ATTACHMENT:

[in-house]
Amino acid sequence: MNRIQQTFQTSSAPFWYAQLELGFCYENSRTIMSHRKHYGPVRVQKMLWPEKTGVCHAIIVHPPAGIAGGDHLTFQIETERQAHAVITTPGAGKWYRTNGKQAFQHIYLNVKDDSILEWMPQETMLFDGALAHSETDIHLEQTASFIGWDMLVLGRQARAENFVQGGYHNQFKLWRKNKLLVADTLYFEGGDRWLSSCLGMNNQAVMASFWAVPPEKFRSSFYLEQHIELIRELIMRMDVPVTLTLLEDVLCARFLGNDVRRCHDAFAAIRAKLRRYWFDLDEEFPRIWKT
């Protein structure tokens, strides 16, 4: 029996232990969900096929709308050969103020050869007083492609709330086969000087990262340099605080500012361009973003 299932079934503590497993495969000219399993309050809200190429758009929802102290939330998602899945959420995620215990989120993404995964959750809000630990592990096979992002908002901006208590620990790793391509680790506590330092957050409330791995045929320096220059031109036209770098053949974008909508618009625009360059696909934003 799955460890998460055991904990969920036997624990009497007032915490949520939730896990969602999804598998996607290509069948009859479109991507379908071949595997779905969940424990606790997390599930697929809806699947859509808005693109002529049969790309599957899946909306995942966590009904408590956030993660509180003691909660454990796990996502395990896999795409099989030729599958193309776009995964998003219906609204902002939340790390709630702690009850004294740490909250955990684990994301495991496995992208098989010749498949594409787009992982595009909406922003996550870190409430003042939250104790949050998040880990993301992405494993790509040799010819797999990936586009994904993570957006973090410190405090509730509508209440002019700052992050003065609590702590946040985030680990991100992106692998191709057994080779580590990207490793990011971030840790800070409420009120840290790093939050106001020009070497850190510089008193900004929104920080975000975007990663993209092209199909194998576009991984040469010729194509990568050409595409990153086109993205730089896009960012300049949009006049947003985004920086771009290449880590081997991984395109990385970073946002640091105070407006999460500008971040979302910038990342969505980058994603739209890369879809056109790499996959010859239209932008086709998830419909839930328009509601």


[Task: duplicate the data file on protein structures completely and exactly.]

[in-house]
Amino acid sequence: MNRIQQTFQTSSAPFWYAQLELGFCYENSRTIMSHRKHYGPVRVQKMLWPEKTGVCHAIIVHPPAGIAGGDHLTFQIETERQAHAVITTPGAGKWYRTNGKQAFQHIYLNVKDDSILEWMPQETMLFDGALAHSETDIHLEQTASFIGWDMLVLGRQARAENFVQGGYHNQFKLWRKNKLLVADTLYFEGGDRWLSSCLGMNNQAVMASFWAVPPEKFRSSFYLEQHIELIRELIMRMDVPVTLTLLEDVLCARFLGNDVRRCHDAFAAIRAKLRRYWFDLDEEFPRIWKT
């Protein structure tokens, strides 16, 4: 029996232990969900096929709308050969103020050869007083492609709330086969000087990262340099605080500012361009973003 299932079934503590497993495969000219399993309050809200190429758009929802102290939330998602899945959420995620215990989120993404995964959750809000630990592990096979992002908002901006208590620990790793391509680790506590330092957050409330791995045929320096220059031109036209770098053949974008909508618009625009360059696909934003 799955460890998460055991904990969920036997624990009497007032915490949520939730896990969602999804598998996607290509069948009859479109991507379908071949595997779905969940424990606790997390599930697929809806699947859509808005693109002529049969790309599957899946909306995942966590009904408590956030993660509180003691909660454990796990996502395990896999795409099989030729599958193309776009995964998003219906609204902002939340790390709630702690009850004294740490909250955990684990994301495991496995992208098989010749498949594409787009992982595009909406922003996550870190409430003042939250104790949050998040880990993301992405494993790509040799010819797999990936586009994904993570957006973090410190405090509730509508209440002019700052992050003065609590702590946040985030680990991100992106692998191709057994080779580590990207490793990011971030840790800070409420009120840290790093939050106001020009070497850190510089008193900004929104920080975000975007990663993209092209199909194998576009991984040469010729194509990568050409595409990153086109993205730089896009960012300049949009006049947003985004920086771009290449880590081997991984395109990385970073946002640091105070407006999460500008971040979302910038990342969505980058994603739209890369879809056109790499996959010859239209932008086709998830419909839930328009509601």